• Simple feedback: Users can request and manage feedback from others, and contributors can highlight any word, sentence, paragraph, or area of a document or file and leave detailed feedback. Amazon Zocalo also notifies contributors and document owners about review activities and approaching deadlines via email.
  • Central file hub: Amazon Zocalo provides users with a central location for both the documents and files they are reviewing as well as those they own and are soliciting feedback on. With all these files in one location, reviewers have access to all of the related feedback in a single web view, making reading or contributing comments as simple as a few clicks.
  • Available with Amazon WorkSpaces: Amazon WorkSpaces, AWS’s virtual desktop in the cloud service, is integrated withAmazon Zocalo. All Amazon WorkSpaces customers get Amazon Zocalo for free (with up to 50 GB of storage).

Amazon Zocalo offers the following benefits to administrators:

  • Security: All data stored in Amazon Zocalo is encrypted in transit and at rest, and administrators can set policies to control users’ sharing behavior, choose the AWS Region where users’ data is stored, and view audit logs to track file and user activity.
  • Integration with corporate directory: Amazon Zocalo can integrate with an organization’s existing Active Directory, meaning that end users can continue to use their existing enterprise credentials to access Amazon Zocalo.
  • Low cost: Amazon Zocalo is priced at $5 per user per month, including 200 GB of storage. For Amazon WorkSpaces customers,Amazon Zocalo is free up to 50 GB of storage, and $2 per user per month for up to 200 GB of storage. With Amazon Zocalo there is no hardware to purchase and maintain and no software to deploy; administrators simply enable the service for their organization and invite users.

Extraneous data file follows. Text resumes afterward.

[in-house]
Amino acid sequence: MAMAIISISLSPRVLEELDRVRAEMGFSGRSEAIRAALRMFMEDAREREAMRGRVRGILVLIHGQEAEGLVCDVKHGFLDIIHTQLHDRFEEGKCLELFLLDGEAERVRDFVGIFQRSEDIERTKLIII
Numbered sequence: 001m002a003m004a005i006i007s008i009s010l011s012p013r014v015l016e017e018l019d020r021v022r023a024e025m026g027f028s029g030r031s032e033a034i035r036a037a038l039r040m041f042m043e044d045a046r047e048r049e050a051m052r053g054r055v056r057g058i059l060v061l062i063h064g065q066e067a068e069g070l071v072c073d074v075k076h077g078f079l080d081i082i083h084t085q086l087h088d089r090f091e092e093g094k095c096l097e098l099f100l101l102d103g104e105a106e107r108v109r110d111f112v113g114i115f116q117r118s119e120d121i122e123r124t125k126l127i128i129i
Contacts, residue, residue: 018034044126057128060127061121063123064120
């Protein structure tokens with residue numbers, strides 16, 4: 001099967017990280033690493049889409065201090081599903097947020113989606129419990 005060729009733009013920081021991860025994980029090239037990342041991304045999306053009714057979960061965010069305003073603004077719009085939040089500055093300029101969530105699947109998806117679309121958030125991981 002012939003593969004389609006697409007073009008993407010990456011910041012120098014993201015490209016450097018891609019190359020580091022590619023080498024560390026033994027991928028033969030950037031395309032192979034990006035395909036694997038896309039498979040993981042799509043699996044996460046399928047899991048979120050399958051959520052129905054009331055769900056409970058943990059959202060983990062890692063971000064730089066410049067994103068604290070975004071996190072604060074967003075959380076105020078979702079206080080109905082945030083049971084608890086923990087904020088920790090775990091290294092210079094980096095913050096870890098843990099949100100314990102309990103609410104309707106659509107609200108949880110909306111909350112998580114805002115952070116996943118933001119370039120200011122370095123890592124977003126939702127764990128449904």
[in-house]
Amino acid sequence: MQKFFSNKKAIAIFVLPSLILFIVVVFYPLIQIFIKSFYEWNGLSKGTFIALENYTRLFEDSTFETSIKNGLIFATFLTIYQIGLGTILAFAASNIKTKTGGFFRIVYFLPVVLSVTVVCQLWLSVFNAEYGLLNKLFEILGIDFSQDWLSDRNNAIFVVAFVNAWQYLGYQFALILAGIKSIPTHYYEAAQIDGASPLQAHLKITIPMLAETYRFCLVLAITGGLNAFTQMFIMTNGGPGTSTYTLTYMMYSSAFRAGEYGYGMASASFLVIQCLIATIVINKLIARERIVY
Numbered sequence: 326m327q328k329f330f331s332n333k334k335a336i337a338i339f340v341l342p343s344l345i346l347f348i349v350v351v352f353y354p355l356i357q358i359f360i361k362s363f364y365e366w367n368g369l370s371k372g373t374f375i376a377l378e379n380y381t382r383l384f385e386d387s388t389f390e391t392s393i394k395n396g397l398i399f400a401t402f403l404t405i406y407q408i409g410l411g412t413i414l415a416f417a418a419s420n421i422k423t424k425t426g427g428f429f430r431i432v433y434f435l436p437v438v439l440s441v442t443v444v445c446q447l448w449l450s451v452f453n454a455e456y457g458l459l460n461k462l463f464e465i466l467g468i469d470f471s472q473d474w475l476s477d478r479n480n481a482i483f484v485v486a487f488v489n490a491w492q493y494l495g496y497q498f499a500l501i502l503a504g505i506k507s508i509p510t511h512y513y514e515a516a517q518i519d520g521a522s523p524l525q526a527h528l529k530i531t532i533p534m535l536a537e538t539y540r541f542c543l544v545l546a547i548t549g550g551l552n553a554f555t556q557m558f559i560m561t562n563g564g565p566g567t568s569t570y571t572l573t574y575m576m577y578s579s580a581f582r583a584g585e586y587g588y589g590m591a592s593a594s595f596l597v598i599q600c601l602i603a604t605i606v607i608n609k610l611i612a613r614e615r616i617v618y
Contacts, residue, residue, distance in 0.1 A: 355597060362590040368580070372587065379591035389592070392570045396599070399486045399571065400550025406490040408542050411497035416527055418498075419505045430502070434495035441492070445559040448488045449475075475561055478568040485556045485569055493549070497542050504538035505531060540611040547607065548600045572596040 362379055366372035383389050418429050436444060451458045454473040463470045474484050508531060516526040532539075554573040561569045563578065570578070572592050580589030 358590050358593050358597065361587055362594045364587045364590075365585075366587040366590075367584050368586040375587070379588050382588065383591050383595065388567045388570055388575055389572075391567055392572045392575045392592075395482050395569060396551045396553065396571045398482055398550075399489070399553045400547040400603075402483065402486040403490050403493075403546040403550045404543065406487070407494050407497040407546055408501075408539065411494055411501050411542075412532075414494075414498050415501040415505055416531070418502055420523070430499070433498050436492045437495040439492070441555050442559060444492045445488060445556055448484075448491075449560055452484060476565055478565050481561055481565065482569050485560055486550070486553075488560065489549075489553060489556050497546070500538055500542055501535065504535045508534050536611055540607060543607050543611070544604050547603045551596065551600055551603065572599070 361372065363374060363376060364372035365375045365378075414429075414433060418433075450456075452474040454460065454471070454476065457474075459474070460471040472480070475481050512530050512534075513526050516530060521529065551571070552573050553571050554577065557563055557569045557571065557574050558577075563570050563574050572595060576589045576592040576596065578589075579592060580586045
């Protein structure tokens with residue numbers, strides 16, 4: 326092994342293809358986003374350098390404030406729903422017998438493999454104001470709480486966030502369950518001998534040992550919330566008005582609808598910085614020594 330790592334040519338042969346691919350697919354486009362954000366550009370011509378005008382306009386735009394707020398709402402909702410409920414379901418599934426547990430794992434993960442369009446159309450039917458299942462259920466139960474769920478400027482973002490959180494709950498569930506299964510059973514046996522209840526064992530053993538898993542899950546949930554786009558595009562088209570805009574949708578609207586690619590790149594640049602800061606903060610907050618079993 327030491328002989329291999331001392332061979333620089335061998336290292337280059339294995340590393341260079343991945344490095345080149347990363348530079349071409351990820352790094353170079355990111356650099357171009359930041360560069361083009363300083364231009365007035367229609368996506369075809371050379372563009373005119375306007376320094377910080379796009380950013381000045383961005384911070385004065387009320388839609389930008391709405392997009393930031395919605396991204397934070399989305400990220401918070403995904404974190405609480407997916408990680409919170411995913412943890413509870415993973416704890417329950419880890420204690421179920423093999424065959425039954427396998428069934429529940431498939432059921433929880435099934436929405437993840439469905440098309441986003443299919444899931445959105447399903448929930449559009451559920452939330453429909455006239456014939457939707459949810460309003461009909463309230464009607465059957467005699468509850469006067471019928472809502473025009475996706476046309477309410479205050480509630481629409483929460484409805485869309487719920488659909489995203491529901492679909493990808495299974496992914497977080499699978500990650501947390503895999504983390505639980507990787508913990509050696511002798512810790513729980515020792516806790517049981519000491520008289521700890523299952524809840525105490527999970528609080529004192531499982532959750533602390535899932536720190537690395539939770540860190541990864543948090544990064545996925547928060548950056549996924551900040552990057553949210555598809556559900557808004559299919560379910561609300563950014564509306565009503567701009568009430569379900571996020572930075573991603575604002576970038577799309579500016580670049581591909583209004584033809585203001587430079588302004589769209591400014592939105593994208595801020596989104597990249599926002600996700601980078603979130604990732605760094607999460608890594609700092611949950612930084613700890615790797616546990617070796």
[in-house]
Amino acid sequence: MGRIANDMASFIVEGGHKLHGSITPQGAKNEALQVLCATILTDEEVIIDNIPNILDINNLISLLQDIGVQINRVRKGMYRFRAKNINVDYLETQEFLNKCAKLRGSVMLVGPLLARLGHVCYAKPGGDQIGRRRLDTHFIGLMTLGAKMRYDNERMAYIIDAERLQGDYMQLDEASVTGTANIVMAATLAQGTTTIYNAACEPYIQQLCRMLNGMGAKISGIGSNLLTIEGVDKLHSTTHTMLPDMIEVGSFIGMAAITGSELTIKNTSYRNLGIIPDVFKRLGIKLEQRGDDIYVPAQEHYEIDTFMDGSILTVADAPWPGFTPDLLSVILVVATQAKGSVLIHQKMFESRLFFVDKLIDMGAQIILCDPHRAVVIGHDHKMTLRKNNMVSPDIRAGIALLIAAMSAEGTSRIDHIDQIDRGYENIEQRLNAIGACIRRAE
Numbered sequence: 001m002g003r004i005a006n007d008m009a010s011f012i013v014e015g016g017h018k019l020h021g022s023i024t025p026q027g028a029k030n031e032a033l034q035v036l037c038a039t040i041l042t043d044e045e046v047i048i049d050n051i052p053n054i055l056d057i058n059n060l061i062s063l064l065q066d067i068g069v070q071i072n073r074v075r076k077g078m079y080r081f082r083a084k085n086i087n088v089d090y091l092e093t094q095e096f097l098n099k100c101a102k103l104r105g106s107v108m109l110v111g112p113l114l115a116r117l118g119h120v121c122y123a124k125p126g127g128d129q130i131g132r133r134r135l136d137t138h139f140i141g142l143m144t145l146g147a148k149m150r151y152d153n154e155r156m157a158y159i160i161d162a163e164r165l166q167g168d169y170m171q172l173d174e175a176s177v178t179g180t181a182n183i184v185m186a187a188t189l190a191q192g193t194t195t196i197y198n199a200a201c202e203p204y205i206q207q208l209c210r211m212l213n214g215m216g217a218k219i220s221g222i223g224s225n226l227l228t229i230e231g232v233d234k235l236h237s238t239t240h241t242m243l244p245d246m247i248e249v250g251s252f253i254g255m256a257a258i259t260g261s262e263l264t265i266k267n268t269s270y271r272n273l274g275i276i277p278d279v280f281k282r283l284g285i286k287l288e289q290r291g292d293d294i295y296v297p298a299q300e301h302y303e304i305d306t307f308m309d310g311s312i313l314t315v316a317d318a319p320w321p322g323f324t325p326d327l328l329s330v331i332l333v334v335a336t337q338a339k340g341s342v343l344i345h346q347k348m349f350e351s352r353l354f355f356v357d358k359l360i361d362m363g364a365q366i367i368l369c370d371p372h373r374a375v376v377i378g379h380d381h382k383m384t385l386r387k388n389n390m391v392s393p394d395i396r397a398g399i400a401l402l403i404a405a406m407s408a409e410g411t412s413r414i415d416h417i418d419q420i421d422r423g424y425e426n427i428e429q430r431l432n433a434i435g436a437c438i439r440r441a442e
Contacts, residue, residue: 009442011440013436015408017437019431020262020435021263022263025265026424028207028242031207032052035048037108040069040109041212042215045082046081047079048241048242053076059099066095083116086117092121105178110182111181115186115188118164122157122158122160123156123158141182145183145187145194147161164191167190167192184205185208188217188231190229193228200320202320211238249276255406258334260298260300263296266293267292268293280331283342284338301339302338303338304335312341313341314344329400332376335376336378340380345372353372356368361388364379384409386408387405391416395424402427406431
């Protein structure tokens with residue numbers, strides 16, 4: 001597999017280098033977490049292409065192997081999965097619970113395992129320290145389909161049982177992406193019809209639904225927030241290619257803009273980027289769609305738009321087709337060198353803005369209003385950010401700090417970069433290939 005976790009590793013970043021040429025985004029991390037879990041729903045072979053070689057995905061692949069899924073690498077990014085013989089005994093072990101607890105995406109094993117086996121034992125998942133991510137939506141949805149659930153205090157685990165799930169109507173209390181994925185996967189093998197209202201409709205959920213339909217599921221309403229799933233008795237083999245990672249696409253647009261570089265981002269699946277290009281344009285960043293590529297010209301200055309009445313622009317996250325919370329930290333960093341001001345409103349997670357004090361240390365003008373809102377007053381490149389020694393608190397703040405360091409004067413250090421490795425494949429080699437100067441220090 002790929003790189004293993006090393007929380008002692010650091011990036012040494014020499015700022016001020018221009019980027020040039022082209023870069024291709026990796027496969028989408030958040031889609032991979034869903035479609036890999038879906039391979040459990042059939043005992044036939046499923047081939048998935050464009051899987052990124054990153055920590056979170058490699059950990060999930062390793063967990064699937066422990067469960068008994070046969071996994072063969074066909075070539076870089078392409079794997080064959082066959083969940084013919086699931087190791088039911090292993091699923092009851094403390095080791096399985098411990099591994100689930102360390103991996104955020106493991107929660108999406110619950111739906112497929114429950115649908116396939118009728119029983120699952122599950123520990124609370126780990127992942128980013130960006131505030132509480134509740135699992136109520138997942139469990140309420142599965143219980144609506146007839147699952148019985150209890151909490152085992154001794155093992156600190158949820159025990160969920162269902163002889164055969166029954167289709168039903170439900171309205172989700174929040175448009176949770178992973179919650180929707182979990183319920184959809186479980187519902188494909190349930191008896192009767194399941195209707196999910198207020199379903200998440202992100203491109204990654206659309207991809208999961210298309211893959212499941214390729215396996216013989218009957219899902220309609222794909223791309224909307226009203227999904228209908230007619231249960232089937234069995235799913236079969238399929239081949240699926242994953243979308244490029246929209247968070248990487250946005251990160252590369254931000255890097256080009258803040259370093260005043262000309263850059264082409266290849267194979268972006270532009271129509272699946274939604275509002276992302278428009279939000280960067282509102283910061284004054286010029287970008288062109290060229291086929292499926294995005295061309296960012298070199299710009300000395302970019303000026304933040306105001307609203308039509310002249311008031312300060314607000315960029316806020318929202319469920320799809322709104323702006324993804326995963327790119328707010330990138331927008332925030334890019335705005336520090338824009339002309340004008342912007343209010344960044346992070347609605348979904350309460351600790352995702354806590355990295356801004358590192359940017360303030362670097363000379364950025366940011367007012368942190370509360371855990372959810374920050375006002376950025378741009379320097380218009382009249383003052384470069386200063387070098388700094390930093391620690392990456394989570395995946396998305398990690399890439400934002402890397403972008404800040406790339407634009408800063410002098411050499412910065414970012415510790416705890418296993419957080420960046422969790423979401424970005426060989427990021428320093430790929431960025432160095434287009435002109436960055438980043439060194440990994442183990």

This is a robust enterprise solution, likely to satisfy the desires of IT staff regarding the document storage, syncing, and sharing controls. But Amazon is going farther, creating a competitor to Google Docs as well. Here’s a screenshot of the document commenting capabilities (but no doc editing, at least not yet):
Arik Hesseldahl makes the observation that Dropbox is built on Amazon’s S3 service, and this is not an uncommon situation, since Netflix uses AWS and Amazon is now a competitor with its own streaming service. And he makes the understatement of the day: ‘One way or another, the enterprise file-sharing dance floor is starting to look a little crowded.’
Guess I am going to add another few paragraphs to my report. Something about how very few companies can match Amazon’s ability to scale, or Amazon’s willingness to make very thin margins to make that scaling very, very cost competitive. Those paragraphs may read like a requiem for many of the smaller players jostling for market share in the enterprise distributed core market.